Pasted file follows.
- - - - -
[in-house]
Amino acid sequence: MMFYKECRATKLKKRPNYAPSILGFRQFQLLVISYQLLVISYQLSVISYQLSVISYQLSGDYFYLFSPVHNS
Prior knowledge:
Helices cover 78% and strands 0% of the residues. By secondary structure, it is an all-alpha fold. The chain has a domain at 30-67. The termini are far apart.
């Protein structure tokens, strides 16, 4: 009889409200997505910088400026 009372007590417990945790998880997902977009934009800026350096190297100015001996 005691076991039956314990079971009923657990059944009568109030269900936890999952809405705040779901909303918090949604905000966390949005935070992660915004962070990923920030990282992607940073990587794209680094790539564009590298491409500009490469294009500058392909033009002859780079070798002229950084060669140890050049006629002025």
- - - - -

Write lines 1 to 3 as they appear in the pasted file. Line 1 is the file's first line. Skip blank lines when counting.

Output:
[in-house]
Amino acid sequence: MMFYKECRATKLKKRPNYAPSILGFRQFQLLVISYQLLVISYQLSVISYQLSVISYQLSGDYFYLFSPVHNS
Prior knowledge: